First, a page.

When passengers were seated, the ballast tank in the car at the top was filled with enough water from a spring to counterbalance the weight of the lower car resulting in the mechanism of movement. After an additional 50 pounds (22.7 kilograms) of water was added to the top car, the brake was released and the top car slid down the incline while the lighter lower car ascended. Once the cars reached their terminals, the brake was engaged to prevent movement. Without any passengers aboard, the ballast in the lower car was drained sufficiently to allow being counterbalanced by the car at the top.
In 1892, The Niagara Falls Park and River Railway purchased all the assets of the Whirlpool Rapids Company for $15,000. Property included the incline railway, a store and carriage shed at the top side of the gorge.
Soon afterwards, the Niagara Falls Park and River Railway became part of the International Railway Company. This company was famous for the development of the "Belt Line" encompassing the Niagara Gorge and the "Great Gorge Route" which followed a rail bed along the base of the Niagara Gorge along the American shoreline.
The International Railway Company (IRC) converted the incline railway from water ballast operation to electrical operation.
In 1932, the International Railway Company suspended operations and had its Canadian assets taken over by the Niagara Parks Commission. This included the Whirlpool Rapids Incline Railway.
On May 5th 1934, the Whirlpool Rapids Incline Railway and buildings were completely destroyed by fire.
In 1935, the Niagara Parks Commission leased the property formerly occupied by the Whirlpool Rapids Incline Railway to Alonzo B. Robertson. Mr. Robertson was a self employed engineer and contractor. The lease allowed Mr. Robertson to operate a "Great Gorge Attraction". The term of the lease was thirty (30) years, after which the property would revert back to Niagara Parks Commission operations.
Robertson built a 230 foot (70m) vertical elevator shaft through the layers of rock to the base of the gorge below. He also built a 240 foot (73m) long horizontal extension tunnel from the elevator shaft to just beyond the gorge wall and the edge of the river rapids. At the top of the gorge, Robertson built a stone building to house to enclose the elevator and provide a ticket office and souvenir store.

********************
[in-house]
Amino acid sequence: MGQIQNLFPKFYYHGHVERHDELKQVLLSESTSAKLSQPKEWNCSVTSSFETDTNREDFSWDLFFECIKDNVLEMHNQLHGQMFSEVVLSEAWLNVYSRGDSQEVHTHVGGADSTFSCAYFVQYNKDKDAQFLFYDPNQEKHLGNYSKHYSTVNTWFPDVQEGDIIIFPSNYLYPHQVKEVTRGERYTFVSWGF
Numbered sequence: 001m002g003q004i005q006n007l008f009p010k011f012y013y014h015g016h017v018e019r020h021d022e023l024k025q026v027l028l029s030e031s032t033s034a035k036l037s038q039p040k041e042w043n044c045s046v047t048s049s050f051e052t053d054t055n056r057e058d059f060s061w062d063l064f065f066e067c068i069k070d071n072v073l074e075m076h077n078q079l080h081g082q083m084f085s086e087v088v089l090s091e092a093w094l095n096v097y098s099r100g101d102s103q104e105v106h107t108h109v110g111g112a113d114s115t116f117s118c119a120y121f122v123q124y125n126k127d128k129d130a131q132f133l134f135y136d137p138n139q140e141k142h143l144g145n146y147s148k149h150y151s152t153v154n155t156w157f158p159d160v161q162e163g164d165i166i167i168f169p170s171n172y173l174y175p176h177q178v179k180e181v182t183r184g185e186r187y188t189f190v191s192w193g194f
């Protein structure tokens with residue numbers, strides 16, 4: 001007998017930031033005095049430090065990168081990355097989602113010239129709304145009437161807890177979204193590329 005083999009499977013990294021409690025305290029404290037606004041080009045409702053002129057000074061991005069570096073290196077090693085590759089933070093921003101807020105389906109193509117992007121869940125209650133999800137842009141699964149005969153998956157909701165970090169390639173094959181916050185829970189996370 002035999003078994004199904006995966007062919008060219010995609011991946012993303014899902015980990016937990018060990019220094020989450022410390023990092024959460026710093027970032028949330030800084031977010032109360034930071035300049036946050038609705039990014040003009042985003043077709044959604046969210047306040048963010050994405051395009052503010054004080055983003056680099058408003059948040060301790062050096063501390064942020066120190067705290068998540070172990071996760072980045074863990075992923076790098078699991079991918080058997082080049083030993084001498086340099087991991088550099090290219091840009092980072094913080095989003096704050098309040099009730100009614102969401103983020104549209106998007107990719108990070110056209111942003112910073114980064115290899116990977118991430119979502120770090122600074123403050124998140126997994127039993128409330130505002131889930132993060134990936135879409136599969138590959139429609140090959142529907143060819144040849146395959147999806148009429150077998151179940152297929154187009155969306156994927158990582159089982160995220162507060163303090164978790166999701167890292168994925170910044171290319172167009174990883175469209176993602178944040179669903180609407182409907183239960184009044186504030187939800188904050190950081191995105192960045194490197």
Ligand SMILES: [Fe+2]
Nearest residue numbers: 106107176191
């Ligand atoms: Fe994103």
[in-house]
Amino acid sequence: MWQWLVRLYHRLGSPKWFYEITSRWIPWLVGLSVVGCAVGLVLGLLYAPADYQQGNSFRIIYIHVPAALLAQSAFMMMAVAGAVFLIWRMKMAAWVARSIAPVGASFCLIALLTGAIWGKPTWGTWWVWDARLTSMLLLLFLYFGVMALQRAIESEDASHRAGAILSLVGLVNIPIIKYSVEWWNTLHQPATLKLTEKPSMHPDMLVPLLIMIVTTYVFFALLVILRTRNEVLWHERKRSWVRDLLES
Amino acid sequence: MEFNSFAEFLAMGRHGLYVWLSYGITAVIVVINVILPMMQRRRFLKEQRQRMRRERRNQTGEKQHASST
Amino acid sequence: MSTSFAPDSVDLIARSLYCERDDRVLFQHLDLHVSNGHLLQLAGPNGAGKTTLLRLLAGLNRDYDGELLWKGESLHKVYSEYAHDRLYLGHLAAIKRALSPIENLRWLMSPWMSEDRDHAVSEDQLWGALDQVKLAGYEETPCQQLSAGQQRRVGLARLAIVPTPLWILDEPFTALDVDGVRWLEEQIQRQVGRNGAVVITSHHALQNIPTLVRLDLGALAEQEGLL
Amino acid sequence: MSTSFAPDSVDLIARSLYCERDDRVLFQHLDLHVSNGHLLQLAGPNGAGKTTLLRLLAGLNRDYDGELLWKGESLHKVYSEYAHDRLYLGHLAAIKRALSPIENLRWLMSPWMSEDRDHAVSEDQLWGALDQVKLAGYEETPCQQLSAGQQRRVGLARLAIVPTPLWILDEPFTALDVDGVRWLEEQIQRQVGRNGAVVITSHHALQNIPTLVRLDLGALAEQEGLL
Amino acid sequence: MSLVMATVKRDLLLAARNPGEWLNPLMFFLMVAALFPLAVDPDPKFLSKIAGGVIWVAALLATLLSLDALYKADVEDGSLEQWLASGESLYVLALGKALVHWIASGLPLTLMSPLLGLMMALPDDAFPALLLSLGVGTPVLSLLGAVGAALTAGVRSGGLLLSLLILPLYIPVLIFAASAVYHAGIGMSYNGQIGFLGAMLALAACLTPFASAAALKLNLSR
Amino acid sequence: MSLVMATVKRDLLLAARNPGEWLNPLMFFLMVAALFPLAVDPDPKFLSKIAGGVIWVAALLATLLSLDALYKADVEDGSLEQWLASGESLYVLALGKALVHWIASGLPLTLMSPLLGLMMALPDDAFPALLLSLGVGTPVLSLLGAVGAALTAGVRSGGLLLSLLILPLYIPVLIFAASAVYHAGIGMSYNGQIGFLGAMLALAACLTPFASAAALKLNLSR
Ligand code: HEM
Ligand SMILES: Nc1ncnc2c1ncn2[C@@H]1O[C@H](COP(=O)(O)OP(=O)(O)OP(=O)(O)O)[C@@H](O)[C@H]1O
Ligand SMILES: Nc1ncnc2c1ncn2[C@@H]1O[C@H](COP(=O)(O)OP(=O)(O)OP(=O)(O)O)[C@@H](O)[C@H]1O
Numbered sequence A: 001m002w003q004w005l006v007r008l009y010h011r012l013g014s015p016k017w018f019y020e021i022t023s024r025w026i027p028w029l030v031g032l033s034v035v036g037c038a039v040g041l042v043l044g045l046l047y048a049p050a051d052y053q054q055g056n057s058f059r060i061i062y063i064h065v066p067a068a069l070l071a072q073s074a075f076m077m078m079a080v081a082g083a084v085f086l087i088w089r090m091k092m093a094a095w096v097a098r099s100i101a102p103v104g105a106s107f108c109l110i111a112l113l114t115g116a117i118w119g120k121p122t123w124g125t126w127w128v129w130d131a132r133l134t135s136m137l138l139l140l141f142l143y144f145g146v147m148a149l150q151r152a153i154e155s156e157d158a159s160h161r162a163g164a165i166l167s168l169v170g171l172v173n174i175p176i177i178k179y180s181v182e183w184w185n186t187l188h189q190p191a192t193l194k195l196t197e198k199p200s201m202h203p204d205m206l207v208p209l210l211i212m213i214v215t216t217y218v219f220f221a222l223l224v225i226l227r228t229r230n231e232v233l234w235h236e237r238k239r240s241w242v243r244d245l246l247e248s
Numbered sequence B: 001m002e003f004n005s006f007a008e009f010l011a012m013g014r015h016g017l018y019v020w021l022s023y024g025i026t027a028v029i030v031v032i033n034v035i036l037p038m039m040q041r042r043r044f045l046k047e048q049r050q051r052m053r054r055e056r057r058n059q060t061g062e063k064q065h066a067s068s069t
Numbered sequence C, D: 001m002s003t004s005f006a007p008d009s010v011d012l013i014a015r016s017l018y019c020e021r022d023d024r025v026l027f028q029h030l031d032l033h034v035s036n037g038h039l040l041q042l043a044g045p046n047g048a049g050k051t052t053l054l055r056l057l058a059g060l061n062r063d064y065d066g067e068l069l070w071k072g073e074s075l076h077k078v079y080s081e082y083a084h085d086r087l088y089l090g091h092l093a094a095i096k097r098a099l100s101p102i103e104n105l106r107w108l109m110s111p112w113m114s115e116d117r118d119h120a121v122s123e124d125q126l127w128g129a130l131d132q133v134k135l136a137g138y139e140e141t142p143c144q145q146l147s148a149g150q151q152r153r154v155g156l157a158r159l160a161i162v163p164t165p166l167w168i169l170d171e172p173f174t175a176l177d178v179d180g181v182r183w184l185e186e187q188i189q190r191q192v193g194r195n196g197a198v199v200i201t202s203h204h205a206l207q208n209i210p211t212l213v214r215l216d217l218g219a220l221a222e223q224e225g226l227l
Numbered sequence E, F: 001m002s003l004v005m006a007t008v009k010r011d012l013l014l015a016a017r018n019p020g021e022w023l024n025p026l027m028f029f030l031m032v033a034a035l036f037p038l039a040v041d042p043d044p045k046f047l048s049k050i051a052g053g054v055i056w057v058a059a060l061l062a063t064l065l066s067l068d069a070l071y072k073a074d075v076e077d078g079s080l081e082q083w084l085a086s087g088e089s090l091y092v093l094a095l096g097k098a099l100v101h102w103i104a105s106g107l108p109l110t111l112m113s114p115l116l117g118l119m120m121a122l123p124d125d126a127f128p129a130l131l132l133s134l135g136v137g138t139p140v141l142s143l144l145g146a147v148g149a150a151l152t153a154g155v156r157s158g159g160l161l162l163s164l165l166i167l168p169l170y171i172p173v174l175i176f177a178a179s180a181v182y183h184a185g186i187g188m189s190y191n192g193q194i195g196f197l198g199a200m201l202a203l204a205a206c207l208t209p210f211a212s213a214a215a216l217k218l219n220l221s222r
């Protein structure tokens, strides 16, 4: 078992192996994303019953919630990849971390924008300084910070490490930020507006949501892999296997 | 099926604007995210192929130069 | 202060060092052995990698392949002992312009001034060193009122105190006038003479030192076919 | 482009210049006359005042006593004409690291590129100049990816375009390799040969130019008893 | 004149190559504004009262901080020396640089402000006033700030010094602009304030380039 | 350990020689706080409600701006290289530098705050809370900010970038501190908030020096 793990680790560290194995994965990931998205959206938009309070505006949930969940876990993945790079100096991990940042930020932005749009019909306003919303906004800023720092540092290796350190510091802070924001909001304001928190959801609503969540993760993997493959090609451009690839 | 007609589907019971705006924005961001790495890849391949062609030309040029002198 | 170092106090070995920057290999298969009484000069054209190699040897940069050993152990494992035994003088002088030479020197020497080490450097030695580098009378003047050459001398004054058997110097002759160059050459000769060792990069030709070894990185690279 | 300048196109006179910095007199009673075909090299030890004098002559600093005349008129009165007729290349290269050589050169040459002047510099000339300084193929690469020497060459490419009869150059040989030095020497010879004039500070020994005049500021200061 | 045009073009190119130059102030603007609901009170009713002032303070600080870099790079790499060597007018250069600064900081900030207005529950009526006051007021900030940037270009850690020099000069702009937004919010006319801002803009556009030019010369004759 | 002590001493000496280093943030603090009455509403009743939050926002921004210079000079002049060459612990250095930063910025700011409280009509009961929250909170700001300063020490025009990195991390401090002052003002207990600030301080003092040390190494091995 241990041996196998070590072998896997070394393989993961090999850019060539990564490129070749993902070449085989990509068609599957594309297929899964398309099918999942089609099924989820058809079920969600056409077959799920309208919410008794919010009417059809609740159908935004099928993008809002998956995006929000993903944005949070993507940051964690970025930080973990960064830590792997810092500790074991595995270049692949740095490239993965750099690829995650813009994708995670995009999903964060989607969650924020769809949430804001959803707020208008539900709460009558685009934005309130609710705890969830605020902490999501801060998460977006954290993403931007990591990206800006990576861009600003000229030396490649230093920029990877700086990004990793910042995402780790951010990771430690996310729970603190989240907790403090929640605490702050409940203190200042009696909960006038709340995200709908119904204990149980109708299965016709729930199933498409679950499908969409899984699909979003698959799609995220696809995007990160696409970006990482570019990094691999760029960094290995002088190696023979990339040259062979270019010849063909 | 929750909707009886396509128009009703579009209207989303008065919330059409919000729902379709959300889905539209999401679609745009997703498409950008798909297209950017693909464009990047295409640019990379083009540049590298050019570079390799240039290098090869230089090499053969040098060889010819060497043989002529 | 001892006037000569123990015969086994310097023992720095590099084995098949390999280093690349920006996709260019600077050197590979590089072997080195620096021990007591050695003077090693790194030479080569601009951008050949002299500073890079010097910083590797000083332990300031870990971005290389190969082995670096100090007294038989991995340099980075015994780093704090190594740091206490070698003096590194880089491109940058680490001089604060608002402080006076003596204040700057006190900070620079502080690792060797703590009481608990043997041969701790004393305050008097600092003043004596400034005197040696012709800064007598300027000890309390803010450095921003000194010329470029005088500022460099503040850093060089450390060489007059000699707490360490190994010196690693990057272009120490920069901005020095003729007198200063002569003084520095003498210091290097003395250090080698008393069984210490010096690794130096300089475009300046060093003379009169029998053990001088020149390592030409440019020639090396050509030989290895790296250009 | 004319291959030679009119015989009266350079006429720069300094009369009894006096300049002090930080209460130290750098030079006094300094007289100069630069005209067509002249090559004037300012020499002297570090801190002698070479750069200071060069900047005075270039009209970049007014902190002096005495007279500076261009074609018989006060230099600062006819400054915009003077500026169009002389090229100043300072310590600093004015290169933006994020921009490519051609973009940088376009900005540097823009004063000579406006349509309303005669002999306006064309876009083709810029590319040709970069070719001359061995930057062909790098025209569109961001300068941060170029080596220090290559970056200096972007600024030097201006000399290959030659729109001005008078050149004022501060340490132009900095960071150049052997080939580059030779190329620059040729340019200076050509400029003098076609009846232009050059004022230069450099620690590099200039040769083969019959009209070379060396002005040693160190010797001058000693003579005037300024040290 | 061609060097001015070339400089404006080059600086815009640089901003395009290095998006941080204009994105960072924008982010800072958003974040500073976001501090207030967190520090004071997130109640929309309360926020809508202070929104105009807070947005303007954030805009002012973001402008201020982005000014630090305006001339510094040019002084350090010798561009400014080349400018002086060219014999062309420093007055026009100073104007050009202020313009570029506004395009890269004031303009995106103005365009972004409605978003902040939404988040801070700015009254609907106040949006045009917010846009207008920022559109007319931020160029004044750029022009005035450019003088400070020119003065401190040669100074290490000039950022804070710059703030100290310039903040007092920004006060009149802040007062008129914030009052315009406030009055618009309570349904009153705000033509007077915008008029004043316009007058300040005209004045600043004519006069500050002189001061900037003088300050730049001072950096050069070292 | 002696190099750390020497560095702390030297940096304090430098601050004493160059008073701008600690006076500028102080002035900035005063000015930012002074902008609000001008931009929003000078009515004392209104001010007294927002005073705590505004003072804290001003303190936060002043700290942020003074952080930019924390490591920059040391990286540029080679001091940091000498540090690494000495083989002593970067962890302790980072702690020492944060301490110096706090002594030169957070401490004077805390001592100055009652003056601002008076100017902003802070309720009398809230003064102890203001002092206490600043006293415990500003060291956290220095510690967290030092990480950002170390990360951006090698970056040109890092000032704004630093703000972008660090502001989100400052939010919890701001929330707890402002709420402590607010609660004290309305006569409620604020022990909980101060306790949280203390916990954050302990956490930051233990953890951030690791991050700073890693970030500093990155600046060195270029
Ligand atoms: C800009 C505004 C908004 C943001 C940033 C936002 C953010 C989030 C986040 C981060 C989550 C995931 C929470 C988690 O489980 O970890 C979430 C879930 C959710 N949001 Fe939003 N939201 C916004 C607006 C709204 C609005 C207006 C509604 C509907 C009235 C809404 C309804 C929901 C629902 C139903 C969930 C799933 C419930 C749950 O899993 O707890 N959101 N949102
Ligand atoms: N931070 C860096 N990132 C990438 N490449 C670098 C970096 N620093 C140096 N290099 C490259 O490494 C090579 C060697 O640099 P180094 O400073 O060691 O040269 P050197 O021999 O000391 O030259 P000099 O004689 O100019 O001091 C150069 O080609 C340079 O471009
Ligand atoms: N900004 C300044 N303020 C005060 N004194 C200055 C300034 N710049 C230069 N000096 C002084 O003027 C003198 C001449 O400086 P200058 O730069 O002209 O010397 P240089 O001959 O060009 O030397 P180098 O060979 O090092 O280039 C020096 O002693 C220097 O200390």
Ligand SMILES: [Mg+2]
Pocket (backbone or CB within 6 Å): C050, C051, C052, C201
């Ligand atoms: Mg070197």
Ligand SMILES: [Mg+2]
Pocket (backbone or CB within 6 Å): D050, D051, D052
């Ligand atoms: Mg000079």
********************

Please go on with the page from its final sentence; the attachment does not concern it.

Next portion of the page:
The old stone pathway was always being washed away and blocked by occasional rock falls. Mr. Robertson built the first boardwalk to alleviate this problem and increase safety.
In 1937, Mr. Robertson sub-leased this property to Niagara Concessions Company Limited.
Since the early 1900's, new hydro generating power stations began drawing significantly more water for hydro-electric generation. This water diversion upstream caused the water level and water flow rates in the lower Niagara River to drop a great deal. To counter this water reduction, a wooden boardwalk was built along the Whirlpool Rapids just above the water level. Today this water diversion reduces the water flow rate to only half (½) to three-quarters (¾) of the original flow through this canyon.
Today the remnants of the old stone path can be located above the level of the current boardwalk.
In 1964, the lease between the Niagara Parks Commission and the Niagara Concessions Company was extended for three years.
On December 1st 1967, the Niagara Parks Commission took over ownership and operations of the "Great Gorge Trip". Niagara Concessions Company again was given the rights to operate the Great Gorge Trip. The souvenir store was operated by the Niagara Parks Commission.
In 1969, Mr. Ralph Grant took over the remaining seven (7) years of the lease that Niagara Concessions had to operate the Great Gorge Trip. His lease included the selling of souvenirs as well. In addition, Mr. Grant created a Daredevil attraction with a number of barrels and other devices from a number of Niagara Falls daredevils that he had collected.
In 1978 and in 1983, the gorge wall above the Great Gorge Trip boardwalk was scaled to reduce the risk of accidental rock falls.
In 1989, the name of this attraction was changed from "Great Gorge Trip" to "Great Gorge Adventure".
Today the entire operation of this attraction is owned and operated by the Niagara Parks Commission.
|NIAGARA FALLS THUNDER ALLEY NAVIGATOR
Date last updated:
February 13, 2012
The preceding locations and facts about them are but a few of many famous sites & attractions to be found in Niagara Falls. The best of it is FREE to see...so think of Niagara Falls when planning your next vacation. If you have questions of a current or historical nature about the Niagara Falls area or suggestions feel free to e-mail Rick at: